Navigation Links
Anti-Parasitic Drugs Useful in Reducing Damages of Congenital Toxoplasmosis

Recent studies of long-term clinical data has revealed that treatment with pyrimethamine and sulfadiazine (two anti-parasitic drugs) during the first year of life// leads to a lasting reduction in brain and eye damage for children with congenital toxoplasmosis.

In the May 15 issue of the journal Clinical Infectious Disease, researchers report that a treatment they defined -- now considered the standard of care because it improves early outcomes -- resulted in normal longer-term neurologic outcomes for all patients born with the infection who did not already have severe brain involvement.

Even for many patients born with moderate or severe neurologic disease, the treatment was able to resolve symptoms within a few weeks. Seventy-two percent of those patients had normal long-term cognitive outcomes.

By demonstrating the benefits of diagnosing and treating the infection, these findings have renewed the call for comprehensive screening for this acute parasitic infection in pregnant women and newborns.

‘We now know that we can improve longer-term outcomes if we treat the acute infection early,’ said study author Rima McLeod, M.D., professor of infectious diseases and medical director of the Toxoplasmosis Center at the University of Chicago, ‘but to treat it early we have to detect it early and we know we are missing many infants who would benefit.’

According to the Centers for Disease Control and Prevention, approximately 85 percent of women of childbearing age in the United States are at risk of acquiring the infection for the first time during gestation and transmitting the infection to their fetus. The Toxoplasma gondii parasite infects humans through undercooked, infected meat; through T. gondii oocysts found in cat litter; or when a newly infected pregnant woman transmits the parasite to her fetus.

Most people have no recognized symptoms. The immune system usually keeps the parasite from causing acute illn ess. If the infection is acquired for the first time while a woman is pregnant, however, it can cause serious problems for the fetus, including severe eye and brain damage.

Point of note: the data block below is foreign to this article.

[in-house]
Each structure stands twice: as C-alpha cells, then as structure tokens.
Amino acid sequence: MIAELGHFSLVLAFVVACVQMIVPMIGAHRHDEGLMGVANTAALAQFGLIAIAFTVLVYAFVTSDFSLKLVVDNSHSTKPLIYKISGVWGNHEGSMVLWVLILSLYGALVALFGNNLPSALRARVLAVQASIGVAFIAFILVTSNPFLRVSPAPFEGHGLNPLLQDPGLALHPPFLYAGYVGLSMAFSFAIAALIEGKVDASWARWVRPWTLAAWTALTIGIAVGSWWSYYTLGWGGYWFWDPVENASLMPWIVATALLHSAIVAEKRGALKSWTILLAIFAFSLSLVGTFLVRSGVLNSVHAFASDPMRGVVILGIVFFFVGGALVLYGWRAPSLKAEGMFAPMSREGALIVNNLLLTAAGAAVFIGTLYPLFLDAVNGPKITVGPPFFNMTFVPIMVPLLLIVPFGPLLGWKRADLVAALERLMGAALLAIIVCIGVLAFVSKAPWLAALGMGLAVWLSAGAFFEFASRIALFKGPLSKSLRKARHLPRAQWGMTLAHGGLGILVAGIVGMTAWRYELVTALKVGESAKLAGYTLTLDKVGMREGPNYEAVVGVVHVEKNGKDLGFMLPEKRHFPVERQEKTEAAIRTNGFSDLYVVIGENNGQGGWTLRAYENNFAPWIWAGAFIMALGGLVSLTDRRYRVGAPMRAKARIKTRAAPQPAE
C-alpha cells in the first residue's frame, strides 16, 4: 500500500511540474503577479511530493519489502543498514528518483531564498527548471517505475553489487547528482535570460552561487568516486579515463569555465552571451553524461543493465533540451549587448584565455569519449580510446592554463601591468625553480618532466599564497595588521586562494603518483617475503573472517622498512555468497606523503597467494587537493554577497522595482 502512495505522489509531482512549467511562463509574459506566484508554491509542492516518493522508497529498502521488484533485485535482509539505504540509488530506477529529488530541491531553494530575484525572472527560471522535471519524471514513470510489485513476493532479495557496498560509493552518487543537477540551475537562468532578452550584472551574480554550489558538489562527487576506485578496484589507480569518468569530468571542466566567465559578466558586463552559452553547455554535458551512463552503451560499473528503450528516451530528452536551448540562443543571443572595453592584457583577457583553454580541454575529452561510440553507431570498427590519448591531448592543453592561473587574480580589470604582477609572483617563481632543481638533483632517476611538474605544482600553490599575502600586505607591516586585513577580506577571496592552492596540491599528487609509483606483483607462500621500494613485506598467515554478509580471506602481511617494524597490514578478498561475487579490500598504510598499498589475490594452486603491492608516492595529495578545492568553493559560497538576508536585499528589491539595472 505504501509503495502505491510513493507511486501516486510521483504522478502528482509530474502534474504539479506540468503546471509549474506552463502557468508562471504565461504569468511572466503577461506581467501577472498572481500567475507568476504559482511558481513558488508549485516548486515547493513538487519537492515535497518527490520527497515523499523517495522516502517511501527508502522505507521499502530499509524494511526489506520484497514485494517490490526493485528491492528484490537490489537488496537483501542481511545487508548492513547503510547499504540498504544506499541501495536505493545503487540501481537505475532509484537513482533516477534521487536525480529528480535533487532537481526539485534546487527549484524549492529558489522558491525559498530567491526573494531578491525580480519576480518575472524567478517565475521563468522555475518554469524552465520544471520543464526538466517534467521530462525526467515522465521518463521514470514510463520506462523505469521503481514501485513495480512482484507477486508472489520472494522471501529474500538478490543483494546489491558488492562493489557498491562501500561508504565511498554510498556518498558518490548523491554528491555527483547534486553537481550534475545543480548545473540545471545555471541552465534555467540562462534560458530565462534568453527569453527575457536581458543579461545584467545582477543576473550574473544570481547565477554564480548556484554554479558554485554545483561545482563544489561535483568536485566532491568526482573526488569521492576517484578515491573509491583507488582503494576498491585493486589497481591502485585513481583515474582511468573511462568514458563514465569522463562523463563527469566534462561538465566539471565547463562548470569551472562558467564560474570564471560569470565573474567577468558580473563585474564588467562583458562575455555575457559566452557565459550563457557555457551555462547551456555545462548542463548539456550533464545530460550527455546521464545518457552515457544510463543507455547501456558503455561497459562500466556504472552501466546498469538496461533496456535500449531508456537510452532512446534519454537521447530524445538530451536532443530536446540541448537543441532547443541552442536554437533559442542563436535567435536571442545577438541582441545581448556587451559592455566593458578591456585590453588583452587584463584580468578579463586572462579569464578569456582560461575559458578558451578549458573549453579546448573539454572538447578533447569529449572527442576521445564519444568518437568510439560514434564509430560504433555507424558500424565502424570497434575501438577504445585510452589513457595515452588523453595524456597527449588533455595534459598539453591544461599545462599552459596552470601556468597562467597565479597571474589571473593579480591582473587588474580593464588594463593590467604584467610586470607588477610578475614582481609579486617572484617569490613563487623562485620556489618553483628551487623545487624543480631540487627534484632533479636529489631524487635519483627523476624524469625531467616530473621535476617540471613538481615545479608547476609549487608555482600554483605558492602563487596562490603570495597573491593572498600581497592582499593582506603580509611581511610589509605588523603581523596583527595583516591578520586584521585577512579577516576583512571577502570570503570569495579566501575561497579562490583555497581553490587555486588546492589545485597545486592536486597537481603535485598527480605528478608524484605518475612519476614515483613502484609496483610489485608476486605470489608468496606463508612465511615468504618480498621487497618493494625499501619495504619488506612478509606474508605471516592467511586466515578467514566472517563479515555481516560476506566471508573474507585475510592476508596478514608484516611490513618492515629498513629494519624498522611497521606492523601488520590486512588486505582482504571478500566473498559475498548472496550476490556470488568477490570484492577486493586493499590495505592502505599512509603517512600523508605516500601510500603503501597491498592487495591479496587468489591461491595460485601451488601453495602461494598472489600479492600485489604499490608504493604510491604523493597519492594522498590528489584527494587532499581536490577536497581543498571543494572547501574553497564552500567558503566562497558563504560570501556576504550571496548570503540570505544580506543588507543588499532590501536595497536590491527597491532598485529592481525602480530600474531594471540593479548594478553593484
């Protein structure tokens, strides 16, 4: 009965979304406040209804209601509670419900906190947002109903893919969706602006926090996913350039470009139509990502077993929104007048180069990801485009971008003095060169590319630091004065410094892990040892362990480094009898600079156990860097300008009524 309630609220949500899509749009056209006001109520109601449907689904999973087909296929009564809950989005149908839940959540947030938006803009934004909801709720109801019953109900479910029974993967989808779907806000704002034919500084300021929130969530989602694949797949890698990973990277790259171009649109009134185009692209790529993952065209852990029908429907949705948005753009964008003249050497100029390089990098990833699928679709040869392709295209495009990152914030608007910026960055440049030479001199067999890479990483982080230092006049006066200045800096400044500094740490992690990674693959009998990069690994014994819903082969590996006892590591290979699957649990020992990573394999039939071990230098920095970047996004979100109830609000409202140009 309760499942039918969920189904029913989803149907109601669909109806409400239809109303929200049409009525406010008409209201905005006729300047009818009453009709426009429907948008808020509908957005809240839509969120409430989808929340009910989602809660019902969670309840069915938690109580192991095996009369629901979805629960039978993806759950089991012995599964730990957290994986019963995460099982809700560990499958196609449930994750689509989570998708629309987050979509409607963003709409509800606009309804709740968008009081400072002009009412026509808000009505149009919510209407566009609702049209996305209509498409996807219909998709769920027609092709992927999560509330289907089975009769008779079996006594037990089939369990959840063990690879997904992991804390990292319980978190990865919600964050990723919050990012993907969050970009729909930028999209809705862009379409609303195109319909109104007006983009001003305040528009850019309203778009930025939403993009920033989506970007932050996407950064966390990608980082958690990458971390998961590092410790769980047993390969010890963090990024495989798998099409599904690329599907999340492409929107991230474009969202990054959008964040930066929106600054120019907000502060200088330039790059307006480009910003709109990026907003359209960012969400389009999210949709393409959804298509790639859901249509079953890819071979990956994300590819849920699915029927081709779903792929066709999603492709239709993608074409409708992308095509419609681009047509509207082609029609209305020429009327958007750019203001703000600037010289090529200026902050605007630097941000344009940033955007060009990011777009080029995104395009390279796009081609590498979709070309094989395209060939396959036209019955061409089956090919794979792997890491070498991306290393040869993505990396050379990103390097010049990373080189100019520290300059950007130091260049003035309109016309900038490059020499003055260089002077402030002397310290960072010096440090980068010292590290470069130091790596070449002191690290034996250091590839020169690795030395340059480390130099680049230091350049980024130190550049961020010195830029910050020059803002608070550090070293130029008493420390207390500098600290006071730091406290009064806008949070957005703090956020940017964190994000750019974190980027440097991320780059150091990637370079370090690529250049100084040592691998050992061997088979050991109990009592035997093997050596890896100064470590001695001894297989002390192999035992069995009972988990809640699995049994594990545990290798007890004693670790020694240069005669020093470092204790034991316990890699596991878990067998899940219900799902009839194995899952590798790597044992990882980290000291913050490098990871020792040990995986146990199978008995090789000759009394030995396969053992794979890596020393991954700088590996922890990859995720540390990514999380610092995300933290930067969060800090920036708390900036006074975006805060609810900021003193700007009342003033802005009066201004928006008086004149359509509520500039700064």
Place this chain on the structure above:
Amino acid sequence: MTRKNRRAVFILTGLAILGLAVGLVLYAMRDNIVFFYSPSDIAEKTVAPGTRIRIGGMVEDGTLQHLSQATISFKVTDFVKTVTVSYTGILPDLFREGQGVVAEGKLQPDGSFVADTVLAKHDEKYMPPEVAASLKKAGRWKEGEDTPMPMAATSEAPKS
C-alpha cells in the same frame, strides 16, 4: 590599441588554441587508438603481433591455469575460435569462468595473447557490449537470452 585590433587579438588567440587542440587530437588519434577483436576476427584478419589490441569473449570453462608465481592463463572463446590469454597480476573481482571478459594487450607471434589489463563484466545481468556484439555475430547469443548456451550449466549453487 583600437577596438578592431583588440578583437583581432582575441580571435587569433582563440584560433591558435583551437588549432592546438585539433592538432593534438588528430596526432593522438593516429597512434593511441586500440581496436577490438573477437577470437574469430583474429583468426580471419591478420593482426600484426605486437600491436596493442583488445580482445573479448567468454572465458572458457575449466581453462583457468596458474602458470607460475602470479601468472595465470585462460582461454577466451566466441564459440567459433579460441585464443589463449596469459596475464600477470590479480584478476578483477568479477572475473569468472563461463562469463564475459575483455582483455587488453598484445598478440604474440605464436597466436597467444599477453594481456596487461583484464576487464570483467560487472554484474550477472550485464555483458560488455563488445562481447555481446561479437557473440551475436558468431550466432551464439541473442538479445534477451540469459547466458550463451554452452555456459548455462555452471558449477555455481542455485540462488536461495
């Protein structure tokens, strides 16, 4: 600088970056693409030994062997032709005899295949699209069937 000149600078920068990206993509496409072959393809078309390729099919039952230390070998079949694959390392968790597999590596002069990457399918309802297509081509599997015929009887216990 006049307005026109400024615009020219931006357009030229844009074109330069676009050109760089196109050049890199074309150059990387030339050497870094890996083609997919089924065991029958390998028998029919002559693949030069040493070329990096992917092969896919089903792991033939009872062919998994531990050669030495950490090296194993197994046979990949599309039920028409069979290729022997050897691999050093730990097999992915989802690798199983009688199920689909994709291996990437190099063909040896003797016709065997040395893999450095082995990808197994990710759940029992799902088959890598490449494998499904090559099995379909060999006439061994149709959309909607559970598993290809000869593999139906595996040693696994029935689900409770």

The National Collaborative Chicago-Based Congenital Toxoplasmosis Study followed 120 infants from the United States and Canada who had been diagnosed with toxoplasmosis soon after birth and were referred, between 1981 and 2004, for treatment and periodic evaluation by the study team. Eighty percent of these infants (96/120) had clinical abnormalities at birth, often severe.

Patients were treated with pyrimethamine at one of two different dose levels and sulfadiazine for one year and then followed periodically. Follow-up evaluations assessed neurologic status, including movement abnormalities and cognitive function, vision, including the development of new lesions in the eye, and hearing loss.

The authors emphasize that the median age of these children is about 10 years and longer follow up into adulthood is needed to determine whether these current favorable outcomes are sustained.

Almost all of the outcomes were markedly better than the previously reported outcomes for children who were either untreated or treated for only one month, which was the usual approach at the beginning of the study.

Of the 96 children in this study who had severe disease at birth, 47 have been in the study for at least 7.5 years. Eighty percent of the children with severe disease now have normal motor function; 73 percent have IQs greater than 70; 84 percent have had no decrease in IQ of 15 points between evaluations. (Such a decrease is a sign of a progressing infection.)

Although most of these patients had eye disease at the beginning of the study and 85 percent have some impairment of vision, 64 percent have had no new retinal lesions since beginning treatment.

Unfortunately 11 of the 96 severely affected infants died, nine of them from respirator y infections associated with their disability. None of the deaths were related to treatment.

Of the 24 children who had no, mild or moderate symptoms at birth, 11 have already reached the age of 7.5 years. All 24 have normal motor and cognitive function and hearing. One child older than 7.5 years had a 15-point IQ decrease between evaluations. One developed a new retinal lesion.